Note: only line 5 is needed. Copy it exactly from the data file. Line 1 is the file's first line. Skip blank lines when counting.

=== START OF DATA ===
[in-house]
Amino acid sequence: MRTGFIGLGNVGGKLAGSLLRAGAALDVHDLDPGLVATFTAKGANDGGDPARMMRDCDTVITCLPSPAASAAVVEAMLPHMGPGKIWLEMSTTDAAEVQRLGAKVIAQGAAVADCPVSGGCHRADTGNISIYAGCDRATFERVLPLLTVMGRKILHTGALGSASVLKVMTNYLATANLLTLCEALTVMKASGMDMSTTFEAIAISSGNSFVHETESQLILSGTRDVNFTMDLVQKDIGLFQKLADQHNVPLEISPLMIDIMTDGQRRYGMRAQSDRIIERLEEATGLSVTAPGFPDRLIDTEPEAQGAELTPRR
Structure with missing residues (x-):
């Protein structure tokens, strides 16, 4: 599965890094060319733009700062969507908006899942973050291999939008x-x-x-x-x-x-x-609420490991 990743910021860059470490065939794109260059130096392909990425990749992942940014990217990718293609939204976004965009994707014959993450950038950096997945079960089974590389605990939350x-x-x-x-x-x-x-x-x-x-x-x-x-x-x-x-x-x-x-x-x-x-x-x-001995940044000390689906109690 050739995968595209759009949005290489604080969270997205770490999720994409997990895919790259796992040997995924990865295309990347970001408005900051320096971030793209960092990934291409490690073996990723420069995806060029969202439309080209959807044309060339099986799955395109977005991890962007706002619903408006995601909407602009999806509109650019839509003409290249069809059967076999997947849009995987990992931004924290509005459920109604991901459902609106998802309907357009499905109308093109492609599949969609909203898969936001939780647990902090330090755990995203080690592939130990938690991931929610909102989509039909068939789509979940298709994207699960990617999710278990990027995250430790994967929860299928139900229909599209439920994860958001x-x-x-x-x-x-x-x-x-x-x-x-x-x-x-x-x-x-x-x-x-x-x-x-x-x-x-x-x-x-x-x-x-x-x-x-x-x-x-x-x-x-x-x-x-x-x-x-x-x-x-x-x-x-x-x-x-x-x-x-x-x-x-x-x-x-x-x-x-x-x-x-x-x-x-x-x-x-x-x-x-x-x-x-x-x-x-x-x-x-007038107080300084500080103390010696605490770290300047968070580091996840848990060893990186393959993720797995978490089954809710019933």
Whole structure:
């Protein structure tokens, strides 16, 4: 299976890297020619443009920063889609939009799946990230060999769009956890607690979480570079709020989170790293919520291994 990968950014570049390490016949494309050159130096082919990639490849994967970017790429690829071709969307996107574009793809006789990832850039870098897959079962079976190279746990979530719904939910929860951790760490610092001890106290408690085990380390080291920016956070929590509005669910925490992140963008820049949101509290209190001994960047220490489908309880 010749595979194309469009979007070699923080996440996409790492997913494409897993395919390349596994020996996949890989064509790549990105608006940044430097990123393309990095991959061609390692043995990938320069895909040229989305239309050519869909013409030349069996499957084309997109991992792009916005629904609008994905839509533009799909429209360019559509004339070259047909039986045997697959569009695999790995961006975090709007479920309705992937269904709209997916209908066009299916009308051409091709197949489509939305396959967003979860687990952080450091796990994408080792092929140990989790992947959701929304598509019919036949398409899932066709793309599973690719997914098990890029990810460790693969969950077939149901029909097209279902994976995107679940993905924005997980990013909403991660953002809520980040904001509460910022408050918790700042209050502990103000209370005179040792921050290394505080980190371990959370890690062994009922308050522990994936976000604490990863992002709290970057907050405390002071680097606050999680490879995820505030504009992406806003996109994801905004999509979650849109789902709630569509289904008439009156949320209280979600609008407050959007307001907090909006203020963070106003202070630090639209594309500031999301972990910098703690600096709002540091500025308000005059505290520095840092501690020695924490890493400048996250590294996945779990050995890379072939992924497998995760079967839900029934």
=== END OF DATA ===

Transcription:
Whole structure: